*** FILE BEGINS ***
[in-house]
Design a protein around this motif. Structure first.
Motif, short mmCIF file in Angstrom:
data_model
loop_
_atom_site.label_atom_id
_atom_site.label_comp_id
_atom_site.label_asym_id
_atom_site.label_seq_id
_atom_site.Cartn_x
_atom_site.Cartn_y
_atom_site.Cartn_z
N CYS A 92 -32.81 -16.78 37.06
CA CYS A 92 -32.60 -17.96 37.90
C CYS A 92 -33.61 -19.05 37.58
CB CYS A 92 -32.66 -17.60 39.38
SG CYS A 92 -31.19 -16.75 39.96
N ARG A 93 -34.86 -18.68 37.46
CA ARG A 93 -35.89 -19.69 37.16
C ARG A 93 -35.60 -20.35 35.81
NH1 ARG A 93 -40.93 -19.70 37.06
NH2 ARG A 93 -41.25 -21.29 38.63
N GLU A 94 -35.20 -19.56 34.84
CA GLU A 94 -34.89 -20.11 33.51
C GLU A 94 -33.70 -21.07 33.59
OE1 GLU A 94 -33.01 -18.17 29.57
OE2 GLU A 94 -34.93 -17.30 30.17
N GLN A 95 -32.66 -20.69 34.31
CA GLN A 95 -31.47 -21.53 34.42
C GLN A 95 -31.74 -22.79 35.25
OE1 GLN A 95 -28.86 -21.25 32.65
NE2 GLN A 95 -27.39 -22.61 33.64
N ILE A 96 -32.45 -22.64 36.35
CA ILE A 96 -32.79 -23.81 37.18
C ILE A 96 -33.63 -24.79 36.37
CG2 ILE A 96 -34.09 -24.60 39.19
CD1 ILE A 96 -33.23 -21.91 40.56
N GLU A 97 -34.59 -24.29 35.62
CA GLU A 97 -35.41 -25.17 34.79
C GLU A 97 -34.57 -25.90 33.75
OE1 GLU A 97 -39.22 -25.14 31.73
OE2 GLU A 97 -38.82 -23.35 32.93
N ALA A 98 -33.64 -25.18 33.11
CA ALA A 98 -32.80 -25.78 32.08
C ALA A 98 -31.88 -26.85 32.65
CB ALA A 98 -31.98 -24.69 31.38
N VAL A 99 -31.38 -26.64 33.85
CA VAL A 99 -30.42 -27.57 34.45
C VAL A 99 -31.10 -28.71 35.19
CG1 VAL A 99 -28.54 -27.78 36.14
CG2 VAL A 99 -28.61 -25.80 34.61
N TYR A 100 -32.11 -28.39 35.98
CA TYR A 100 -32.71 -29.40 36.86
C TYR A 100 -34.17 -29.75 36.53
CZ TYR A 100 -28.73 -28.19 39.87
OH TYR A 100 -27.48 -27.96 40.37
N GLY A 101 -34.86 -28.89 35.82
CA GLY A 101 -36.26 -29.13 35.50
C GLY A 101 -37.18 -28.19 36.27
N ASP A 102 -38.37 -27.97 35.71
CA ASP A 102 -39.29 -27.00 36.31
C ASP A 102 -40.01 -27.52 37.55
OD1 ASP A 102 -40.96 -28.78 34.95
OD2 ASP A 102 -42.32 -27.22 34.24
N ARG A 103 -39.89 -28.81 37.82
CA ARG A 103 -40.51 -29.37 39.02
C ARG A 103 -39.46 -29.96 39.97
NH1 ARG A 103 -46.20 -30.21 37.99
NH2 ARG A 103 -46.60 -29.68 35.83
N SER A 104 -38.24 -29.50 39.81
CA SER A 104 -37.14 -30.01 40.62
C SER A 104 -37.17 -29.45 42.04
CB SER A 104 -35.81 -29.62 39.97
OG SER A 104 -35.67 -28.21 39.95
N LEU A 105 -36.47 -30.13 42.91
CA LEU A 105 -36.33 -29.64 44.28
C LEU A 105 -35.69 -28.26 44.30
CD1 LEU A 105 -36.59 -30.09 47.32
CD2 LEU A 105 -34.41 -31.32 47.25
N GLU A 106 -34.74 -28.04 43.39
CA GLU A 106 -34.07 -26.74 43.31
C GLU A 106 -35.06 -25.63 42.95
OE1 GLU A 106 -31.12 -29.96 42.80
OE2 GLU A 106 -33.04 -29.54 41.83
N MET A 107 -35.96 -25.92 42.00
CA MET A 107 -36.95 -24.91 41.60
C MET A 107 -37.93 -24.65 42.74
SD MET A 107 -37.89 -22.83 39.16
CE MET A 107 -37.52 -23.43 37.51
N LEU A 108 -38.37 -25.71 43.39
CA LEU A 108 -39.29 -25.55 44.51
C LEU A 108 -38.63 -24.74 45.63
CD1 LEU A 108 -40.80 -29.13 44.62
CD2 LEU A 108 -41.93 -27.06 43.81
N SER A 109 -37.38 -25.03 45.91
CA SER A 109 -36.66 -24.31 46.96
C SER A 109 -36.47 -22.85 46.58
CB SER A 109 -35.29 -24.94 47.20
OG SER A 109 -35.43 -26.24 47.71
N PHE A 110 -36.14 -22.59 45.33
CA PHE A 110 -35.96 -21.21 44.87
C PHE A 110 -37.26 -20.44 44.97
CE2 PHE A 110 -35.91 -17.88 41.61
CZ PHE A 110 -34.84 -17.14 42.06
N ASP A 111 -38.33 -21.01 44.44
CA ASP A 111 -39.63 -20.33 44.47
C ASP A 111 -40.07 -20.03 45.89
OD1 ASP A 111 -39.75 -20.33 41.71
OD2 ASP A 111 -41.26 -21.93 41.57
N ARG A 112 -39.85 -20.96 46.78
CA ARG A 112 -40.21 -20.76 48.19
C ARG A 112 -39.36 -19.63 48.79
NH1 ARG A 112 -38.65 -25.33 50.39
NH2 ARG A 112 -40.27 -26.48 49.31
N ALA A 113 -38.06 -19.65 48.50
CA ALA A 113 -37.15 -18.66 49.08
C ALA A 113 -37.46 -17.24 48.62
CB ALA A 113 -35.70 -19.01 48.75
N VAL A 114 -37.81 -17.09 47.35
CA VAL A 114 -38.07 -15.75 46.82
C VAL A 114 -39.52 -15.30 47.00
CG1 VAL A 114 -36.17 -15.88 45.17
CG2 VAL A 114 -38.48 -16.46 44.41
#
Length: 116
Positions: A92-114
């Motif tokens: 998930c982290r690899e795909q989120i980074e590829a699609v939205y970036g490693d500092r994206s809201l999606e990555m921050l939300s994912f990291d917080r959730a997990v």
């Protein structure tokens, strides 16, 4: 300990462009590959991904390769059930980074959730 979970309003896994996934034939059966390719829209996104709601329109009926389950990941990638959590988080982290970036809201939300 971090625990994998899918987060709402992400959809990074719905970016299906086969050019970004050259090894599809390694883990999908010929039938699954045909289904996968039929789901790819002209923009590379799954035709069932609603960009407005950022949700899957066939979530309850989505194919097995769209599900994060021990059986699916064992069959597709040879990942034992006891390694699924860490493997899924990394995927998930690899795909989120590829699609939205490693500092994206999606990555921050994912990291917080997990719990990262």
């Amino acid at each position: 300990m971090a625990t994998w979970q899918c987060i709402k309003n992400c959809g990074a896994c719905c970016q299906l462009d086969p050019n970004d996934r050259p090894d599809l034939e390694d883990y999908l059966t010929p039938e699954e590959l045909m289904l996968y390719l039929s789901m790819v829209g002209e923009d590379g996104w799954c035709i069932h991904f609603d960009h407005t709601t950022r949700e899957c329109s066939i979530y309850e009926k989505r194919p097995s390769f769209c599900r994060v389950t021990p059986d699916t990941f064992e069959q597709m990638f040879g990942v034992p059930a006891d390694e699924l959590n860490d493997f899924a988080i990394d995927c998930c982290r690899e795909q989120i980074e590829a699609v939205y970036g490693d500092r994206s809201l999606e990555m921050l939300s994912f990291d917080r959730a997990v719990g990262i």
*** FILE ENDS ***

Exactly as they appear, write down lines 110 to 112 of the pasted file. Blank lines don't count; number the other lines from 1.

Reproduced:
N ARG A 112 -39.85 -20.96 46.78
CA ARG A 112 -40.21 -20.76 48.19
C ARG A 112 -39.36 -19.63 48.79